Another way to stop testosterone from driving the growth of prostate cancer is to treat it with a type of medication called an androgen axis inhibitor.

Treatment with hormonal therapy is used to treat prostate cancer in many different situations, including localized, locally advanced, and metastatic prostate cancer, as well as rising PSA level after surgery and/or radiation therapy for localized prostate cancer.

Types of hormonal therapy

Bilateral orchiectomy. Bilateral orchiectomy is the surgical removal of both testicles. Even though this is a surgical procedure, it is considered systemic, hormonal therapy because it removes the main source of testosterone production: the testicles.

LHRH agonists. LHRH stands for luteinizing hormone-releasing hormone. Medications known as LHRH agonists prevent the testicles from receiving messages sent by the body to make testosterone. By blocking these signals, LHRH agonists reduce the testosterone level just as well as removing the testicles.

LHRH agonists are injected or placed as small implants under the skin. Depending on the drug used, they may be given once a month or once a year.

LHRH antagonist. This class of drugs, also called a gonadotropin-releasing hormone (GnRH) antagonist, stops the testicles from producing testosterone like LHRH agonists, but they reduce testosterone levels more quickly and do not cause the flare associated with LHRH agonists.

Androgen receptor (AR) inhibitors. While LHRH agonists and antagonists lower testosterone levels in the blood, androgen receptor (AR) inhibitors block testosterone from binding to so-called “androgen receptors,” which are chemical structures in cancer cells that allow testosterone and other male hormones to enter the cells.

In effect, AR inhibitors stop testosterone from working.

Androgen synthesis inhibitors. Although the testicles produce most of the body’s testosterone, other cells in the body can still make small amounts of the hormone that may drive cancer growth. These include the adrenal glands and some prostate cancer cells. Androgen synthesis inhibitors target an enzyme called CYP17 and stop cells from making testosterone.

Combined androgen blockade. Sometimes, androgen receptor inhibitors are combined with bilateral orchiectomy or LHRH agonist treatment to maximize the blockade of male hormones or to prevent the flare associated with treatment with LHRH agonists.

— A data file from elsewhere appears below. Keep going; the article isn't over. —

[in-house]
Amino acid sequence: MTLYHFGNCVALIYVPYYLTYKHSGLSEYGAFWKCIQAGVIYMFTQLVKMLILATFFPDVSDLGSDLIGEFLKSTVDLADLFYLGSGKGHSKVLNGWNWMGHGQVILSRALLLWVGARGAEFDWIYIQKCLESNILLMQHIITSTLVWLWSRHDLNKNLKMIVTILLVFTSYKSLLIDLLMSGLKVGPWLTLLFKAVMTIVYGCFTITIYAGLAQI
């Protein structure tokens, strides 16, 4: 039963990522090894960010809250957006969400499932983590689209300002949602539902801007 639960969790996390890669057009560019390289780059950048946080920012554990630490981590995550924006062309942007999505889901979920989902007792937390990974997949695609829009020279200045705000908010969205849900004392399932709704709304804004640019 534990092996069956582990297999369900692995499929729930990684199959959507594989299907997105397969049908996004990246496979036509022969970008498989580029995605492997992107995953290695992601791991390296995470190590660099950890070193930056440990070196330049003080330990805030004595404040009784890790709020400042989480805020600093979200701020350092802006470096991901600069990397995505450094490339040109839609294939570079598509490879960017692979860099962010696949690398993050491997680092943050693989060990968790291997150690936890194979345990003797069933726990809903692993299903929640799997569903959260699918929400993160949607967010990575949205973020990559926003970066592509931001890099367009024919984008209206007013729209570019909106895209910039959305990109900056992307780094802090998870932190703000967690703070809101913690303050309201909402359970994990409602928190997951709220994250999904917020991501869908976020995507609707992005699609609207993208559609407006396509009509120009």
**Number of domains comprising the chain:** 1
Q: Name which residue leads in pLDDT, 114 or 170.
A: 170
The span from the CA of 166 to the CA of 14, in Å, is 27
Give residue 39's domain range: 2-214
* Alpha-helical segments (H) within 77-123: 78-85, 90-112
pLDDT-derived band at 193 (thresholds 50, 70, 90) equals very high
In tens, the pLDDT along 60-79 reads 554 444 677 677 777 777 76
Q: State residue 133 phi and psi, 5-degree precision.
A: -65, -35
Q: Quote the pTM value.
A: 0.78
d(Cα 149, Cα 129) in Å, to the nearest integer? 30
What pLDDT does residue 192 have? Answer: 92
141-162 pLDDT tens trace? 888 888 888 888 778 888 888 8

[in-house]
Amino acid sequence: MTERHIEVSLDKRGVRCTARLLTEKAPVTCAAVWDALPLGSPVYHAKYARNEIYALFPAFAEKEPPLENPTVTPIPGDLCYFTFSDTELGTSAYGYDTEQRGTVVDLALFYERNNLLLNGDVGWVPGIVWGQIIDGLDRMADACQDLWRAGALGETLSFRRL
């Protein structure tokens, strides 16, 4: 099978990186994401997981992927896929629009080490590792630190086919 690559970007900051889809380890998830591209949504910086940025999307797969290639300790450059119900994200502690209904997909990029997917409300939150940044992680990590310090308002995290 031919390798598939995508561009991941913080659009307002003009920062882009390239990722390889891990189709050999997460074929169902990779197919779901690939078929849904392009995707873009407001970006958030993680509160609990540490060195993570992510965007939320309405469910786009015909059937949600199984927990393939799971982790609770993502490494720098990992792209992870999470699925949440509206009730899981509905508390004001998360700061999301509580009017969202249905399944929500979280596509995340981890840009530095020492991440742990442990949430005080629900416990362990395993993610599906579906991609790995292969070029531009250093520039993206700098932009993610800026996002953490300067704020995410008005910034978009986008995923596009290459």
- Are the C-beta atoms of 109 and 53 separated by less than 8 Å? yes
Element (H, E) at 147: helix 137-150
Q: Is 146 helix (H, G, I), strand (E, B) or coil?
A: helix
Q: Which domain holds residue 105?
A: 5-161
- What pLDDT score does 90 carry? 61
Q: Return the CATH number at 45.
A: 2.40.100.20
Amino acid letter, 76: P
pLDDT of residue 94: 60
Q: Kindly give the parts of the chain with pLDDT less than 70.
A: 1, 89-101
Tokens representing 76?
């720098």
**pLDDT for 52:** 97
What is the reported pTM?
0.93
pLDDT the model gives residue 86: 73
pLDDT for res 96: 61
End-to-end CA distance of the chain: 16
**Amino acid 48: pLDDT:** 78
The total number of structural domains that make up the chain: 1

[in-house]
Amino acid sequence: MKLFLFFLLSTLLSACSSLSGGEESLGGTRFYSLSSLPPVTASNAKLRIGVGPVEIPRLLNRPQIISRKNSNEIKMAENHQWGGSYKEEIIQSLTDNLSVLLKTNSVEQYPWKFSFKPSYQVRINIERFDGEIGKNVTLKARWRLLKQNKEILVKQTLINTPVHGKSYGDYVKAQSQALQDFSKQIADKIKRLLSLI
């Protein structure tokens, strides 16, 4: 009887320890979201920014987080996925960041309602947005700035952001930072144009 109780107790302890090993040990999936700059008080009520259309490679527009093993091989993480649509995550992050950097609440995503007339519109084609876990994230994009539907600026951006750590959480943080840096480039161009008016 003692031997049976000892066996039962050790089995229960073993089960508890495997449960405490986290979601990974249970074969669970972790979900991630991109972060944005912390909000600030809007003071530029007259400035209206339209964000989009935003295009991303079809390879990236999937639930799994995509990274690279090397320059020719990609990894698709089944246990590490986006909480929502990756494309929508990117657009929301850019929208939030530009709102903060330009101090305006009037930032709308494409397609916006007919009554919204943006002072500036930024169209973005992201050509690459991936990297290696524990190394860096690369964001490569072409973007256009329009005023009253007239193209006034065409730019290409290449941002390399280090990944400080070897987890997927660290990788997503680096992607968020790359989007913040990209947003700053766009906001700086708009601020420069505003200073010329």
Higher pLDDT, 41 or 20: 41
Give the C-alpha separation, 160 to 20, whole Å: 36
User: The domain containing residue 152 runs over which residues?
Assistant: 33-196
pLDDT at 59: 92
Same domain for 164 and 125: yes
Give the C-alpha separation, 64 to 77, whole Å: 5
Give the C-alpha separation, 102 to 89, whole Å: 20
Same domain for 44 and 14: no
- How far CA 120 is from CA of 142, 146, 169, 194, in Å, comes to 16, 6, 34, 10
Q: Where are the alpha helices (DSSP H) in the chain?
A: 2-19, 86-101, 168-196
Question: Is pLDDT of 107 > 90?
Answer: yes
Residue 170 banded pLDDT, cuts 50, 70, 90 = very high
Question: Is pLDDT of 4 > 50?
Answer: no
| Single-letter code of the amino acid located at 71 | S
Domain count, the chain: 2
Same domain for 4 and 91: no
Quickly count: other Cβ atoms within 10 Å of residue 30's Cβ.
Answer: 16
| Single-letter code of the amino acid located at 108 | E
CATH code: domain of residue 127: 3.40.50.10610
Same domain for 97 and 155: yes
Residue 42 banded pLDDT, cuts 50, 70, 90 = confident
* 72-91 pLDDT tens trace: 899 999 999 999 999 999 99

Intermittent hormonal therapy. Traditionally, hormonal therapy was given for the patient’s lifetime. During the past 2 decades, researchers have studied the use of intermittent hormonal therapy, which is when therapy is given for specific times (most commonly 6 months) and then stopped temporarily to allow for testosterone levels to recover. For these patients, hormonal therapy is restarted when the PSA begins to rise again.

Targeted Therapy

Targeted therapy is a treatment that targets the cancer’s specific genes, proteins, or the tissue environment that contributes to cancer growth and survival. This type of treatment blocks the growth and spread of cancer cells and limits damage to healthy cells.

Not all tumours have the same targets. To find the most effective treatment, your doctor may run tests to identify the genes, proteins, and other factors in your tumour.

Targeted therapy for prostate cancer includes:
Olaparib (Lynparza).Olaparib is a type of targeted therapy called a PARP inhibitor.

Rucaparib (Rubraca).Rucaparib is another PARP inhibitor approved to treat metastatic castration-resistant prostate cancer.

One or more tests must be given to determine whether a patient may receive olaparib or rucaparib:
Testing for an inherited, or germline, mutation after discussion with a genetic counsellor

Genomic sequencing of tumour tissue

Genomic sequencing of the tumour DNA floating in the bloodstream

Genomic sequencing may be performed on tissue that was previously collected or on tissue from a new biopsy. Germline mutation testing alone identifies about half of the patients eligible for this treatment.


Chemotherapy is the use of drugs to destroy cancer cells, usually by keeping the cancer cells from growing, dividing, and making more cells. Chemotherapy may help those with advanced or castration-resistant prostate cancer and those with newly diagnosed or castration-sensitive metastatic prostate cancer.

There are several standard drugs used for prostate cancer. In general, standard chemotherapy begins with docetaxel combined with prednisone.